• Speaking from my own experience, what I have learned in recovery to apply to my everyday life has been a god damn miracle. Through that journey, I discovered meditation which has become non-negotiable to me. It has assisted me in being more creative, compassionate and I am able to focus and flow. Writing a blog like this, or staying on task was always an issue for me, it was dreaded and I’d stress about it because I knew I had to focus but couldn’t. If I miss a day of meditation, I can feel it in all my actions. It’s like missing a day of taking “your meds”
  • I find the story of Jason Wrobel fascinating as well; the vegan chef that we aspire to collaborate with within 2020. He found himself at the bottom in his own depression and wanted to take his own life. I have been there in my dark days of substance abuse. He found a way out, an easier softer path with food and proper diet, and is now sharing his strength and hope with others (obviously let's get these facts correct).
  • I just discovered Jen Gotch on IG via @phishdanceparty featuring one of her well-known trash dances. Jen is the founder of, an artistic clothing and accessories brand based out of LA that is about “fun and happiness”. She is also a fierce mental health advocate. She has been diagnosed with anxiety, depression, and bipolar, all at a young age. Something she has said, that I can very much relate with “With me, it’s hard to tell a business story without a little bit of mental health just because they’re very intermingled.”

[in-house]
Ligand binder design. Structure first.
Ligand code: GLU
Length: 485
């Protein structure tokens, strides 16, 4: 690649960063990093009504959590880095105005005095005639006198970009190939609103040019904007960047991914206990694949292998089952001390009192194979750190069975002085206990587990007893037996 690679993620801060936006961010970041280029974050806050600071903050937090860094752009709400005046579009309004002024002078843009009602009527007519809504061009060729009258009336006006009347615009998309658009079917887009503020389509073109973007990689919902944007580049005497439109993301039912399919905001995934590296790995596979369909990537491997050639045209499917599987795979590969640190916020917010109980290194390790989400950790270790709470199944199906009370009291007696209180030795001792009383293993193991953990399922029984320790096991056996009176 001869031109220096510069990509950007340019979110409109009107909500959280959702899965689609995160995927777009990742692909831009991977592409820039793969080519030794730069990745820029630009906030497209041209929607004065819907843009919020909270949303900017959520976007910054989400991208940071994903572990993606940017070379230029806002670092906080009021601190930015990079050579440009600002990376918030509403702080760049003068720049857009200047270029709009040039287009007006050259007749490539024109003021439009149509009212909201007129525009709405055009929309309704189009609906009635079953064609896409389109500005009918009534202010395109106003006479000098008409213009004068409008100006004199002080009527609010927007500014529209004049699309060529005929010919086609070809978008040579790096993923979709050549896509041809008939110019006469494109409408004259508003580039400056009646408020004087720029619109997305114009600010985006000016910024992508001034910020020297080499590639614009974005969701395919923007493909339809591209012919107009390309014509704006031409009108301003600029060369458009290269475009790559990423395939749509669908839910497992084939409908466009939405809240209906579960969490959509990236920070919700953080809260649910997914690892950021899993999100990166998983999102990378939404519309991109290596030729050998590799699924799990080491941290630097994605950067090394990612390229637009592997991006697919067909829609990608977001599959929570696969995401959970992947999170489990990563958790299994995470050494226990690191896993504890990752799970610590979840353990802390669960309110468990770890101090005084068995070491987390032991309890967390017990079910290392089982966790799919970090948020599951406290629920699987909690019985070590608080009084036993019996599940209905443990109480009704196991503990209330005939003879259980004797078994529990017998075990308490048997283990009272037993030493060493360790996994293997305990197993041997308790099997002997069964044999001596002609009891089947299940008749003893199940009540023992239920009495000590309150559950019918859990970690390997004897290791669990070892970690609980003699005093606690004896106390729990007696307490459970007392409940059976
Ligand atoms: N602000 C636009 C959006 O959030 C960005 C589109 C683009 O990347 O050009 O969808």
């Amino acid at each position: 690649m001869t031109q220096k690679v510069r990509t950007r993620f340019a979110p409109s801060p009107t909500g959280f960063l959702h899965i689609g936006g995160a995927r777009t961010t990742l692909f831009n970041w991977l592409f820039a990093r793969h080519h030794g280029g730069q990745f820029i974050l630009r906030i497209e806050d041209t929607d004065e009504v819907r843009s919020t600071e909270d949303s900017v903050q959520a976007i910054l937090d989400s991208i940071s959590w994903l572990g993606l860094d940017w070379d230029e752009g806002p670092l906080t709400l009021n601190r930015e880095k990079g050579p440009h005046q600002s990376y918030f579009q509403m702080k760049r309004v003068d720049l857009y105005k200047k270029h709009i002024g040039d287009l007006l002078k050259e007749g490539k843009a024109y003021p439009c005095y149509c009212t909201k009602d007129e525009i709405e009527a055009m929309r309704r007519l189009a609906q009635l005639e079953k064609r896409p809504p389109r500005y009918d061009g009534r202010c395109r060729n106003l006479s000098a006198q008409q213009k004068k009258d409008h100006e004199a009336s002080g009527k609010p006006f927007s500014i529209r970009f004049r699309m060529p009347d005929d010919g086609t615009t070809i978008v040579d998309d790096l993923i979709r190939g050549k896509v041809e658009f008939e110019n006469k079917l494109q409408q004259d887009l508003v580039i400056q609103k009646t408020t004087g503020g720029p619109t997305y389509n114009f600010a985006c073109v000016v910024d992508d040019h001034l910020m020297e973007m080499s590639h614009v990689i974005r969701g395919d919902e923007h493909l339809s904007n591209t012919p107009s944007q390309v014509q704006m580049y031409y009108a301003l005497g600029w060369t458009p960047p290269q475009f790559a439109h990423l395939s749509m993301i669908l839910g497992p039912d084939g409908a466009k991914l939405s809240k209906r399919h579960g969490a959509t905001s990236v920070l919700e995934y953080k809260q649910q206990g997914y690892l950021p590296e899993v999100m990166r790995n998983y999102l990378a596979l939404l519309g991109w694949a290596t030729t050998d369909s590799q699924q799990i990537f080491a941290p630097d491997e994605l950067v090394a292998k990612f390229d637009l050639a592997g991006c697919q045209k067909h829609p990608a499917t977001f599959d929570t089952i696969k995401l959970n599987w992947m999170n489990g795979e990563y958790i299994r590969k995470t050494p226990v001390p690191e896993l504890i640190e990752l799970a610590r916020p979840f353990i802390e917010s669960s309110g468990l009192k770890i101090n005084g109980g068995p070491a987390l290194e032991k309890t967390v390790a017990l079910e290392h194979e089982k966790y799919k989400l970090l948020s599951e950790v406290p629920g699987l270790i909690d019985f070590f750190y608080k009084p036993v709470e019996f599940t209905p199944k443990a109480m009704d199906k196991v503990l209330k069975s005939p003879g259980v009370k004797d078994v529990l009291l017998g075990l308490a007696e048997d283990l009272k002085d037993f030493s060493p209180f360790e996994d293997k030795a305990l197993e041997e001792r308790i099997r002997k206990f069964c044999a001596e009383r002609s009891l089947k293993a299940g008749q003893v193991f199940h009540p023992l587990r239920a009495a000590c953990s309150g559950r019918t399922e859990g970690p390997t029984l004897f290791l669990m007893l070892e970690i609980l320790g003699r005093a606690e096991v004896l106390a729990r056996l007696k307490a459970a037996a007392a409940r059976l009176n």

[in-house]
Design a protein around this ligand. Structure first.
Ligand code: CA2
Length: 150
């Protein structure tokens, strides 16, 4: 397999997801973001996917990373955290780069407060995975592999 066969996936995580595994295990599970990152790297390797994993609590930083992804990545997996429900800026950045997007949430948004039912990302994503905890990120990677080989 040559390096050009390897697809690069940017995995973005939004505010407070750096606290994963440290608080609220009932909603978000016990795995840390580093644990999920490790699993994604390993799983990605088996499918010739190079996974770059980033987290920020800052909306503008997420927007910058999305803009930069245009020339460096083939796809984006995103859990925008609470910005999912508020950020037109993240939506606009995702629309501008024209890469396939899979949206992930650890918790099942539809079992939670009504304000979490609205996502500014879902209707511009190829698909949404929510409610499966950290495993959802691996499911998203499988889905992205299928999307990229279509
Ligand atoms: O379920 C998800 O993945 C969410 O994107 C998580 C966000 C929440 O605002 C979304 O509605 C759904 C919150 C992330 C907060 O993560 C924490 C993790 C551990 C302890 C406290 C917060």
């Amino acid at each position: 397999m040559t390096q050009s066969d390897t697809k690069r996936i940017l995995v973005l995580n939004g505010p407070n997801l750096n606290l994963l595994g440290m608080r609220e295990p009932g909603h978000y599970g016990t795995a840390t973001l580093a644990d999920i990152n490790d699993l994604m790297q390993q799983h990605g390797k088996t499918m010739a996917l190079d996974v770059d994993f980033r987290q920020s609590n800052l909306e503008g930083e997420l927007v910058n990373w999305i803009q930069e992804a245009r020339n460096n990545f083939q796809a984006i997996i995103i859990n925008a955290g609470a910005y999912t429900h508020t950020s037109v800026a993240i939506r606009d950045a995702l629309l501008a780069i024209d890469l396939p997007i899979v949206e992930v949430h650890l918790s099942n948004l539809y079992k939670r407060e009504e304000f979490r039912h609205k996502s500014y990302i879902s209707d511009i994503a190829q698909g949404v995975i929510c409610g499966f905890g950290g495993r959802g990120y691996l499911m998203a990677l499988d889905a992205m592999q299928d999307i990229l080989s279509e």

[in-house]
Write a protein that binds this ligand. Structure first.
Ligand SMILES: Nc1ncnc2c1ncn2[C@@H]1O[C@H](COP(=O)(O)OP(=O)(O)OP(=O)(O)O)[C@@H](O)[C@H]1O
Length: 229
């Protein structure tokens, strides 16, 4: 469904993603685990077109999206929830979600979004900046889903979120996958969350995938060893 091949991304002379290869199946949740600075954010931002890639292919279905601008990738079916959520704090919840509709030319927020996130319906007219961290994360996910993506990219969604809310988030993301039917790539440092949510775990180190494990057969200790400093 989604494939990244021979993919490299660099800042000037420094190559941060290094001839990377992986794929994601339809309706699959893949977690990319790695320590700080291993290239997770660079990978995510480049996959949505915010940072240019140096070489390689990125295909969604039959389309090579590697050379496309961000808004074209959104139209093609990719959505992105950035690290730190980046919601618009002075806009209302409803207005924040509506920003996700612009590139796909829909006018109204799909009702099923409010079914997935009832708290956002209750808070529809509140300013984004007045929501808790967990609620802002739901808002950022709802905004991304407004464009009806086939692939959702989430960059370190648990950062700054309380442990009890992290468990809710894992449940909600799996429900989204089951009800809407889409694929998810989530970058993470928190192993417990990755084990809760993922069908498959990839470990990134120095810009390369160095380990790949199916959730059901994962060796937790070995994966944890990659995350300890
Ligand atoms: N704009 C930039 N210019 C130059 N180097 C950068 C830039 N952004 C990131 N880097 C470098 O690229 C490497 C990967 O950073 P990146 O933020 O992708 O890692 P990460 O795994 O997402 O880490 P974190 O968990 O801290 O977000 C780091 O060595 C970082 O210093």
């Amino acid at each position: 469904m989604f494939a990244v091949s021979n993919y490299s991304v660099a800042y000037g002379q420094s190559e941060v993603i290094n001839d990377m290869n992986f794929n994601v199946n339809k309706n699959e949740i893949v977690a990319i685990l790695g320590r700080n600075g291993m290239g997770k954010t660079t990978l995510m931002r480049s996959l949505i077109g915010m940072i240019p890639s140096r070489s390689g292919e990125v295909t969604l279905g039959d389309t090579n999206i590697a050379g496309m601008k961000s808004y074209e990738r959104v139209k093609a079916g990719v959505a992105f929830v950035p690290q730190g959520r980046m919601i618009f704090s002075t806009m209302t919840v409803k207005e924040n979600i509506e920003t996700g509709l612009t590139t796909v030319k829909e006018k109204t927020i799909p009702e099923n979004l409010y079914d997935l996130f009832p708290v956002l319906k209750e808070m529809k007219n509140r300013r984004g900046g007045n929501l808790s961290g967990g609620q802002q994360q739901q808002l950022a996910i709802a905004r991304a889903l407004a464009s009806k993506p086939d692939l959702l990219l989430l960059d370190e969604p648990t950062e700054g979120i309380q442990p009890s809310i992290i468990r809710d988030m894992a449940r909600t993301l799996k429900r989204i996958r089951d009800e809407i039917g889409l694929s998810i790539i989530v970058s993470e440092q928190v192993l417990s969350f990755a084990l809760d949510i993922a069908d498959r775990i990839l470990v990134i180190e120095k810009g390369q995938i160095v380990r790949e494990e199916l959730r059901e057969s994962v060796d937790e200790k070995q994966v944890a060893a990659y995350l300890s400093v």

The beautiful thing about wellness practices that have been adopted by people who have struggled in a past life have more often than not chosen to carry this message to others who suffer. In order to keep it, one must give it away!

The first thing that wellness gets right about mental health is it gives the human being their own sovereignty to take their health into their own body, mind and soul. It gives us an empowering approach to make our own choices on how we treat our mental health and a belief system that WE are able to manage our mental health through wellness practices as much as we are able to manage our physical health through say, exercise. Mental health requires a holistic approach of the body, mind, and soul.